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Our holdings include hundreds of glass and film negatives/transparencies that we've scanned ourselves; in addition, many other photos on this site were extracted from reference images (high-resolution tiffs) in the Library of Congress research archive. (To query the database click here.) They are adjusted, restored and reworked by your webmaster in accordance with his aesthetic sensibilities before being downsized and turned into the jpegs you see here. All of these images (including "derivative works") are protected by copyright laws of the United States and other jurisdictions and may not be sold, reproduced or otherwise used for commercial purposes without permission.

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[REV 25-NOV-2014]

 
 
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VINTAGRAPH • WPA • WWII • THE TOY DEPARTMENT, 1913

T-Mail: 1912

T-Mail: 1912

1912. "Post Office Department. Hupp Auto Railway Service" (i.e., Hupp Automatic Mail Exchange, a system for transferring mail bags to and from a moving train). Harris & Ewing Collection glass negative. Note the two utility poles at left that have been scratched off the negative. View full size.

 

Sack loader boy

In the early 1950s I worked for a grocer who would pick up mail sacks at the post office and drive them to the train station. I rode in back of the truck with the bags. My job, which paid 25 cents, was to hoist the first class (I guess) sack up onto the crane and then retrieve the sack kicked out of the railcar as the train sped by. This was on the Jersey Central in Port Reading. I was 10 or 11.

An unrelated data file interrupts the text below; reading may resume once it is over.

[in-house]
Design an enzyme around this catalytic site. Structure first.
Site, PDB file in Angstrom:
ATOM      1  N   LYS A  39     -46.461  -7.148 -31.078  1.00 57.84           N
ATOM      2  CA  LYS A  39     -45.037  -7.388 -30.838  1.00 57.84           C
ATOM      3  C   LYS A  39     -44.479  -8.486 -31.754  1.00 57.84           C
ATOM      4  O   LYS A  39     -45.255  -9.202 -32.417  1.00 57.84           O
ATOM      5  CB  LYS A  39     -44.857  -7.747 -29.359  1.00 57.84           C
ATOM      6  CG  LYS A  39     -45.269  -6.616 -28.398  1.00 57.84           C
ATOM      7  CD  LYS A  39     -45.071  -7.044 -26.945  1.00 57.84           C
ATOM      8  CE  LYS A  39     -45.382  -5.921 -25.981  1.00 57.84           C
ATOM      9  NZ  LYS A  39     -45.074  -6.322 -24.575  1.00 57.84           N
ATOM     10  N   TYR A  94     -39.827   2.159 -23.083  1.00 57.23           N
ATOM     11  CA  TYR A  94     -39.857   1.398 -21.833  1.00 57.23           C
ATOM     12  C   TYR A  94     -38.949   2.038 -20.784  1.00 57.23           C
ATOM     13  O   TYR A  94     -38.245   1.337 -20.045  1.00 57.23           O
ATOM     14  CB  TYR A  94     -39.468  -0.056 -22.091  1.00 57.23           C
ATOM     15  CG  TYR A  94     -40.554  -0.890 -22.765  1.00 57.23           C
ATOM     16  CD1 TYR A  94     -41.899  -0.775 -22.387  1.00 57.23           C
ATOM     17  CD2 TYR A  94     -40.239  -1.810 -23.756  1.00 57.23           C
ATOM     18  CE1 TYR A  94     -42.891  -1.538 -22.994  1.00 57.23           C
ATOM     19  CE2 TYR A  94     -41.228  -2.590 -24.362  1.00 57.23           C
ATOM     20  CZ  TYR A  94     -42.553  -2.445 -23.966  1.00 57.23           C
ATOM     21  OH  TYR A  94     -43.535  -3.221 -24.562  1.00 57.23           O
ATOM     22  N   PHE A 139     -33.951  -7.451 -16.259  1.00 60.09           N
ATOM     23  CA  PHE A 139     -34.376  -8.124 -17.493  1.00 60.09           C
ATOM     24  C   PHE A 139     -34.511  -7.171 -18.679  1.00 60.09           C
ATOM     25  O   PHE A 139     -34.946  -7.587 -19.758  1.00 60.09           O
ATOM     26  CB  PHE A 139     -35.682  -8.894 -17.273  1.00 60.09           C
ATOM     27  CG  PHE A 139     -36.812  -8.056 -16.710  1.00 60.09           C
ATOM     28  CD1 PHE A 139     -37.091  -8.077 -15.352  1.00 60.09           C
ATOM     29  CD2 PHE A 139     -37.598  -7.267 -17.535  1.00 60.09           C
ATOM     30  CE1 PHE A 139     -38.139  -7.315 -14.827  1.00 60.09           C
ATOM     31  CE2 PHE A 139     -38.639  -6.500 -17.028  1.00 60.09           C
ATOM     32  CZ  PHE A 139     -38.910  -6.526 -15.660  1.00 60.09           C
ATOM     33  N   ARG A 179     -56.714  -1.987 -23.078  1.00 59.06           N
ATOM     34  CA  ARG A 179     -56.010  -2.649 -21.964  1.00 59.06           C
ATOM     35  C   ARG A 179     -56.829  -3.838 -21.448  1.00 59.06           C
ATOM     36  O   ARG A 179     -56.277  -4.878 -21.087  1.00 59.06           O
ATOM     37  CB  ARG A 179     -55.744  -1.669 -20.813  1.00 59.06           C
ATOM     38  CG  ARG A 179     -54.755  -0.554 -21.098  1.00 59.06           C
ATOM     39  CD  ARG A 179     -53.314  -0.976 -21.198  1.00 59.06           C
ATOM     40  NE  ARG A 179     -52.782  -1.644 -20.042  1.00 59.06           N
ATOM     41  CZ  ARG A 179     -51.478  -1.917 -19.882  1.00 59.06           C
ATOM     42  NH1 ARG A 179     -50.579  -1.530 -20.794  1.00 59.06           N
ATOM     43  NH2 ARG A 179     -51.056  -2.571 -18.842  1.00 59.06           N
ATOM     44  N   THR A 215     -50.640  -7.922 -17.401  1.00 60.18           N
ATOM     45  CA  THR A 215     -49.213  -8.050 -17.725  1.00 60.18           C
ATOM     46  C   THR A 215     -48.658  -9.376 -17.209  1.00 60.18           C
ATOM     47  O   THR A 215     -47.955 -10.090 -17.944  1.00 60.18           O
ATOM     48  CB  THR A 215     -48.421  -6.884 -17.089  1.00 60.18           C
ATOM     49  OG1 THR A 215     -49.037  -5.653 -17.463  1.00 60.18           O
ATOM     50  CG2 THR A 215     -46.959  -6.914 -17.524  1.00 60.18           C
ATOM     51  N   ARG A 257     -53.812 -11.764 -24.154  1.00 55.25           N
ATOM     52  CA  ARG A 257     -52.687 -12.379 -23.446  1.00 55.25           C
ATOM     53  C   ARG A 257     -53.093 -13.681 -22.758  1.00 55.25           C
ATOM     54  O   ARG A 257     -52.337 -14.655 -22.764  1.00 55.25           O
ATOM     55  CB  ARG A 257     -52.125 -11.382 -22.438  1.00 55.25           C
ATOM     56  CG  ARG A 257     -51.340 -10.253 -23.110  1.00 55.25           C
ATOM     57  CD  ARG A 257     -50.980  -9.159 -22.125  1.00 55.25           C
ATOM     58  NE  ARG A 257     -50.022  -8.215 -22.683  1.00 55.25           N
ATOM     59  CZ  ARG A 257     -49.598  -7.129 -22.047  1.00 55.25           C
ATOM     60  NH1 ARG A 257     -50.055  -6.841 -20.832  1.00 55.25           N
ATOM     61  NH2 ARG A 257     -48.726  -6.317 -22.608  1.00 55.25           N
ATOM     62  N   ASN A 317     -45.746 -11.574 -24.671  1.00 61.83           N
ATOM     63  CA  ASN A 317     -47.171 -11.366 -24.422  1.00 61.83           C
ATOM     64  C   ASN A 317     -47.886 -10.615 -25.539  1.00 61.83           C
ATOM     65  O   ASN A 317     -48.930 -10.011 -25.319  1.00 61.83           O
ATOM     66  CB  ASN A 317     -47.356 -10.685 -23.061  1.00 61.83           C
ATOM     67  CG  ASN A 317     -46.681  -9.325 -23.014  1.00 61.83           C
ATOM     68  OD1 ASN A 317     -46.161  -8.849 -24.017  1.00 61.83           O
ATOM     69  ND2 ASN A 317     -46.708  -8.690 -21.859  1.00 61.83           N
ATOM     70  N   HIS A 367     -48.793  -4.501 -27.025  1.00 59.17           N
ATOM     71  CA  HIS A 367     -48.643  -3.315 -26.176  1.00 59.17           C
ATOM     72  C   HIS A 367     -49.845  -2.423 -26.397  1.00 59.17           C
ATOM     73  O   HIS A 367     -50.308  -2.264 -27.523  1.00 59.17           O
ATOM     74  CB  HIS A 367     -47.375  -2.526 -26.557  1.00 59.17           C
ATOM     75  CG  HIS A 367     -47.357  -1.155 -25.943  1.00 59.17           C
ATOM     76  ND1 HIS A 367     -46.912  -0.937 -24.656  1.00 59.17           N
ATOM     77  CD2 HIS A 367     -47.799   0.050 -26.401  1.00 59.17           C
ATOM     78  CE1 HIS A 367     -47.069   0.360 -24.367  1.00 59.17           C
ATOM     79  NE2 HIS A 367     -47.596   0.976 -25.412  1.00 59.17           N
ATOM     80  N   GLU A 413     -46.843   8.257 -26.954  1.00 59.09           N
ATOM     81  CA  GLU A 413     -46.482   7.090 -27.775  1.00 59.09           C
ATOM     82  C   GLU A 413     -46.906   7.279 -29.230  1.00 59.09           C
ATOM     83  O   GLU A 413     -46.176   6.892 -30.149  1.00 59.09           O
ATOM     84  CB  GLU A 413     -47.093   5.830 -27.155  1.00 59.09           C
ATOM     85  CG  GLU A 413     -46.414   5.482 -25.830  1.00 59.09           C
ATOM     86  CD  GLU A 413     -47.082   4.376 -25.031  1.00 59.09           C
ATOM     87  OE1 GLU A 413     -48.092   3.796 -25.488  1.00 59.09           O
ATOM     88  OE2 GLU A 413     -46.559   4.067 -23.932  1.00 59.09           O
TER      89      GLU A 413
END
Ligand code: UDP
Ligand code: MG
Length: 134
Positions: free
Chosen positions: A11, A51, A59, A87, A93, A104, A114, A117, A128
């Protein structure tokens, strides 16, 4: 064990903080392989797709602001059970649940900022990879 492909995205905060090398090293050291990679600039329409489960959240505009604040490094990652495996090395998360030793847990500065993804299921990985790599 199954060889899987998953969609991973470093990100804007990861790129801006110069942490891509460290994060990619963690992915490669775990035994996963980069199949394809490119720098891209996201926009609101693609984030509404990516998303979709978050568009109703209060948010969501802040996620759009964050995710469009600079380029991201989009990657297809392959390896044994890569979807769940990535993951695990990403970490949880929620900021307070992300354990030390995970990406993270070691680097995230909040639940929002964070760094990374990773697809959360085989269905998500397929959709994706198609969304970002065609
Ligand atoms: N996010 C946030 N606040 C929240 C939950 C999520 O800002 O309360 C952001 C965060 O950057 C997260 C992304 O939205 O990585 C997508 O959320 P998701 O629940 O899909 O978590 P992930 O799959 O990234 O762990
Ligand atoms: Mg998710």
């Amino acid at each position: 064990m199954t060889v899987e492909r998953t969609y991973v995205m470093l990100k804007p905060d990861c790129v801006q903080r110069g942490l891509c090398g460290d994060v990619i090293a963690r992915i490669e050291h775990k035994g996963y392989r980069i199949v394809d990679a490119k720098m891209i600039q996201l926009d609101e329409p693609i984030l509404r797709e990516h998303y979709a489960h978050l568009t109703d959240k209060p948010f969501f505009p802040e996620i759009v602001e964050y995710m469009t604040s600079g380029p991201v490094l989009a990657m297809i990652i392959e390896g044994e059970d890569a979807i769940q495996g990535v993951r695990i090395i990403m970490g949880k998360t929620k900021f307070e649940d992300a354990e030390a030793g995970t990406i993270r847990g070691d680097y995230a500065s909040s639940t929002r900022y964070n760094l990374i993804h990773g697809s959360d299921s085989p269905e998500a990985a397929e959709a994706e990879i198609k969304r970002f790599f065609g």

Retouching

It appears that when they erased the gray sky that they tried erasing the posts or poles as well. At least tried to blend it in. No Photoshop in those days, just scraping away emulsion and or painting translucent shades of gray from a bottle, kind of like putting on fingernail polish today.

[This is made from a negative. The sky (and pole tops) were masked out with black ink. - Dave]

Railway mail cranes

The National Postal Museum has this nifty one-page history of the "mail crane" complete with photos and a silent film showing how mail cranes operated (it wasn't as steampunk-automagical as you might hope).

Mail catcher

All of the mail delivery devices I ever saw when I was growing up had only one bag holder. I don't see how a mail clerk could catch more than one bag and get it into the mail car unless the train was moving at a walking pace. The clerk would toss out one bag and then extend the catch hook to grab the bag on the trackside holder. He then had to remove the bag from the catch hook and put it in the mail car.

What am I seeing?

Besides the thumbprint, what is up with what appears to be two poles to the left of the stairs. On the right one I "see" a pair of praying hands and on the left Bambi's head . . . or maybe Elvis. Must you keep playing with my mind? I have so little of it left.

 
THE 100-YEAR-OLD PHOTO BLOG
Shorpy.com | History in HD is a vintage photo blog featuring thousands of high-definition images from the 1850s to 1950s. The site is named after Shorpy Higginbotham, a teenage coal miner who lived 100 years ago.

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